If you can avoid it, never get into a position where Sergio Marchionne can force you to play poker. That applies literally, as Fiat executives who fly on its (rented) corporate jet know, and metaphorically, as other companies have discovered in the past decade.
Mustang Mulally: the Ford CEO, in a 2015 Ford Mustang (Getty Images)
Alan Mulally has a reputation for being decisive, so his declaration that he has “no plans to do anything other than serve Ford” – crushing speculation that he could leave to run Microsoft – should probably be taken at face value.
But Ford’s chief executive has wavered over big jobs before – notably when the carmaker was trying to lure him to Dearborn from Boeing in 2006.
You come back from holiday to find your chief executive has given up power to a central constitution. Your team has been disbanded and your title scrapped. You are now all partners, each with an agreed role and a duty to support others whose work overlaps yours. Instead of allowing tension to fester internally, you will raise problems openly at regular meetings that promote positive action.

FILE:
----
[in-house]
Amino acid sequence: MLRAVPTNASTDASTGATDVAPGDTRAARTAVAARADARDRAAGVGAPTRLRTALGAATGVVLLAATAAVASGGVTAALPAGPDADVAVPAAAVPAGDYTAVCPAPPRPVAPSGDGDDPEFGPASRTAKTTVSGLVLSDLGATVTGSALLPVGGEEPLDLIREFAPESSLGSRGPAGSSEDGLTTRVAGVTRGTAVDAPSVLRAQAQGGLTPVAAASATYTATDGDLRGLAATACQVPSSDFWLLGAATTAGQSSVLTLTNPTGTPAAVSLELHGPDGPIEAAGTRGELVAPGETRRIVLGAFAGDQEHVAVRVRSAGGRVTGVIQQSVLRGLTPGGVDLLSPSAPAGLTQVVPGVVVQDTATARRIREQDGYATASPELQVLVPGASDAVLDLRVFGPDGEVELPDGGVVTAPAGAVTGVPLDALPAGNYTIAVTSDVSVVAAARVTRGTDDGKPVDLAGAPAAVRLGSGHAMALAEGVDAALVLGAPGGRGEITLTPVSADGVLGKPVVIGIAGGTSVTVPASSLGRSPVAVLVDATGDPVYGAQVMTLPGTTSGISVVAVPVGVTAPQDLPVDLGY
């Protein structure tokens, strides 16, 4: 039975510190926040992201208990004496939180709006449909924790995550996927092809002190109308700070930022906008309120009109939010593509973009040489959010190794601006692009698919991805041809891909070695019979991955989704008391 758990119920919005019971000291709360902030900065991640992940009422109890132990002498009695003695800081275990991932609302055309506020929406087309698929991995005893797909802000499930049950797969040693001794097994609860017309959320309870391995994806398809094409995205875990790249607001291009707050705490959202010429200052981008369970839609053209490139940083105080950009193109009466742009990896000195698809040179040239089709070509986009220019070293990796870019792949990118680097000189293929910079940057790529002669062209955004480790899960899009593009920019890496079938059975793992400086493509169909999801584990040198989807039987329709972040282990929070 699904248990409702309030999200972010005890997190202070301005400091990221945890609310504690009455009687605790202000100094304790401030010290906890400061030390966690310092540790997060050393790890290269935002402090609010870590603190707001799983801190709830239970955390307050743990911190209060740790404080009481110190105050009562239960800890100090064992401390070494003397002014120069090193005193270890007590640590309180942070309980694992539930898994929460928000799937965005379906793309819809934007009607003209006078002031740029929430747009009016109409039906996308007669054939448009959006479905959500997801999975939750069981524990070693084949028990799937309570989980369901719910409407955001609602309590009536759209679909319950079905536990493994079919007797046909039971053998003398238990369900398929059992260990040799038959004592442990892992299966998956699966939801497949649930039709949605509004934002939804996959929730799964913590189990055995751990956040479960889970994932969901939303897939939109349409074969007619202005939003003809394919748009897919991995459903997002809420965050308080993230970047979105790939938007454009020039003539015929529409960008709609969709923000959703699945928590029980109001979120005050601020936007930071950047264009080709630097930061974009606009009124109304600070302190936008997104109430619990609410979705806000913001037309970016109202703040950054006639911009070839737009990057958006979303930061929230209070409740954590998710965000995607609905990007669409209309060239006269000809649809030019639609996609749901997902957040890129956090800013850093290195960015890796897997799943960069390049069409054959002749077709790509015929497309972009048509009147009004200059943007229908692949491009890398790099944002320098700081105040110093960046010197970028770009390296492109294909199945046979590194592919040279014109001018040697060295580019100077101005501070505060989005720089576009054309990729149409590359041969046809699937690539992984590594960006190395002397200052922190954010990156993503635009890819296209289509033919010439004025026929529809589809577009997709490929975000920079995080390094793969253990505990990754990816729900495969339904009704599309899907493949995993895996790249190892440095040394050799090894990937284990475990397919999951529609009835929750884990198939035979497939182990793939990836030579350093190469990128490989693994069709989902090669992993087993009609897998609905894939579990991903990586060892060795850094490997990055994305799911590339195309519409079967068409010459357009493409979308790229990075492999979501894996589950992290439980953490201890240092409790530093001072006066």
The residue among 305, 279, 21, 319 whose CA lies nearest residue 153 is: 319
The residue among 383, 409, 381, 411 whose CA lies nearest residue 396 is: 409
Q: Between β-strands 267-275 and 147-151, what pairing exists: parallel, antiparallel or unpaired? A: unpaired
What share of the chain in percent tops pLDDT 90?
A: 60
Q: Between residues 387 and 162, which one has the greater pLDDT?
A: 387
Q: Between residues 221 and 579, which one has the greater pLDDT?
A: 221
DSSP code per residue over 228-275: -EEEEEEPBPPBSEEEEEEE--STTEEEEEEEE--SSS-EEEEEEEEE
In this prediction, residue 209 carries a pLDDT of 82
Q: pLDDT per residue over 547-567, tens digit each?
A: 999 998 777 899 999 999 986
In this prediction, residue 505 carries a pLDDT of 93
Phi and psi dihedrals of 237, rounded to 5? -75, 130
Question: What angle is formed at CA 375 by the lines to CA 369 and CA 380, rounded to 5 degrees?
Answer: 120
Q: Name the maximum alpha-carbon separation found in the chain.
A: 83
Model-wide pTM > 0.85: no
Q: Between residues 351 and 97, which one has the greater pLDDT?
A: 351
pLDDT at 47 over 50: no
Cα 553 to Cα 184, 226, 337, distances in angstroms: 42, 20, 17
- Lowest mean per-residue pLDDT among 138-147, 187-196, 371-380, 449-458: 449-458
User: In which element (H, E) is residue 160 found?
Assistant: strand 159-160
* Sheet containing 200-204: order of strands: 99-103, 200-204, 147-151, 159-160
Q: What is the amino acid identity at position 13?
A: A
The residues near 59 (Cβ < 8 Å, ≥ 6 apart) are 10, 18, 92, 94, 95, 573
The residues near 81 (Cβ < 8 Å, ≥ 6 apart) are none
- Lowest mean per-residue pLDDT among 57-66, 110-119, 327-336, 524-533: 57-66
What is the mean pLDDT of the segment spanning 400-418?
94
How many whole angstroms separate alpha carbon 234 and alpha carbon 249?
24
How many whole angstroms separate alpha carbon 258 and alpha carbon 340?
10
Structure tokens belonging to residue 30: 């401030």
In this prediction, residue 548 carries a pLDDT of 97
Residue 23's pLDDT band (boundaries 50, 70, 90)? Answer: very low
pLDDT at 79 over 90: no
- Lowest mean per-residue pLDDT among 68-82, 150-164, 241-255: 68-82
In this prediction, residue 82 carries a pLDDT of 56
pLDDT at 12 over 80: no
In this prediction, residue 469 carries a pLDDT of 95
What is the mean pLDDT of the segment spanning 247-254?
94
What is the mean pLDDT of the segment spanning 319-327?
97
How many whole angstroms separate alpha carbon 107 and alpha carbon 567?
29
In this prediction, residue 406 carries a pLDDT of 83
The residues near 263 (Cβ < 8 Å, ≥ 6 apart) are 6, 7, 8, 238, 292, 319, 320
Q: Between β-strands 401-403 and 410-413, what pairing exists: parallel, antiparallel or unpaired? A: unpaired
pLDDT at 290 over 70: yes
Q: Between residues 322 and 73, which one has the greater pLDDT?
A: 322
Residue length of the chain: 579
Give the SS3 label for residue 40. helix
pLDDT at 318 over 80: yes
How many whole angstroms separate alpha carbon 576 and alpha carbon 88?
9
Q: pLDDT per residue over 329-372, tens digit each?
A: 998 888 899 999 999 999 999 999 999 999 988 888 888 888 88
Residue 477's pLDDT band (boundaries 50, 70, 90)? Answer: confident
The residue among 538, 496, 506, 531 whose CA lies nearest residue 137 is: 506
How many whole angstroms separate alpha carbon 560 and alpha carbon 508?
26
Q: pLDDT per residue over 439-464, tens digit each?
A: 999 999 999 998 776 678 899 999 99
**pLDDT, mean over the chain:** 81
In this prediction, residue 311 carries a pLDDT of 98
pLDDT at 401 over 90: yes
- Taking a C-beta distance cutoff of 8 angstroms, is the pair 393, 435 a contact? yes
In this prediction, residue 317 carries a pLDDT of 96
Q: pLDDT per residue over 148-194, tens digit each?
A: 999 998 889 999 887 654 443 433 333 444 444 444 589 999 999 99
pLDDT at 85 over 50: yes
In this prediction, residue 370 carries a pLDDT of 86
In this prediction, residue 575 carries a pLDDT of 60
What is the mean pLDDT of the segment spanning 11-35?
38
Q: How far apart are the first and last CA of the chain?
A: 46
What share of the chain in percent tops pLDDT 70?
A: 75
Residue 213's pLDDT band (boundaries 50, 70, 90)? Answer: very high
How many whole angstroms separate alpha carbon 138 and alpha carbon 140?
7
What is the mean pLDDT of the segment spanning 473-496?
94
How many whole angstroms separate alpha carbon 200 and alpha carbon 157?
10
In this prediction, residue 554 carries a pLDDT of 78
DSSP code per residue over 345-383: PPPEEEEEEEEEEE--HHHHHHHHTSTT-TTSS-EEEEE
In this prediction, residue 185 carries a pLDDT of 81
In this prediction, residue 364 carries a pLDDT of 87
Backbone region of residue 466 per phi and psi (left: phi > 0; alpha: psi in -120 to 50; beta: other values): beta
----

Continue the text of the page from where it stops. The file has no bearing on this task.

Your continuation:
Ed Crooks’ column about the low returns to most investors in US shale gas is a reminder not only that things can go wrong in high-growth but capital-hungry industries, but also of the strengths of US capital markets.
As he notes, companies such as Chesapeake Energy and Encana have been victims of their own success – shale gas exploration has been so successful in the US that prices for natural gas have tumbled, lowering their returns.
Thursday’s doomy Financial Times editorial pointing out that 1914 began with a remarkable lack of foresight about what was later dubbed the Great War sent me back to the FT of January 1, 1914. The lead editorial on that day was about fertiliser: “As regards the prospects of the Chilean nitrate industry … these appear fairly promising” (this was actually, if inadvertently, rather prescient, given the eventual wartime demand for nitrates as an ingredient of high explosives).
Germany, however, was mentioned only in passing, in a Reuters report about heavy snowfalls interrupting communication, and the paper welcomed in the new year with a little light verse. In mitigation, the FT of the time was essentially a thin newsletter for City of London investors, but given what later unfolded, this piece of doggerel – by a writer using the pseudonym “Optimist” – could go down as one of the worst bits of blithely business-centric forecasting ever perpetrated
In the middle of the western world’s annual holiday shopping spree – which runs from the day after Thanksgiving to the end of the January sales – even hardened shoppers may occasionally feel exploited.
Many economists – including the FT’s Chris Giles – feel the anti-consumption mood is “profoundly wrong”. Business academic Linda Scott, whom I interviewed for the FT’s “Thinking Big” series of videos on radical ideas, goes a step further: she believes the consumer free market has the potential to unleash vast benefits, particularly for women in developing countries – as consumers, investors, donors and workers.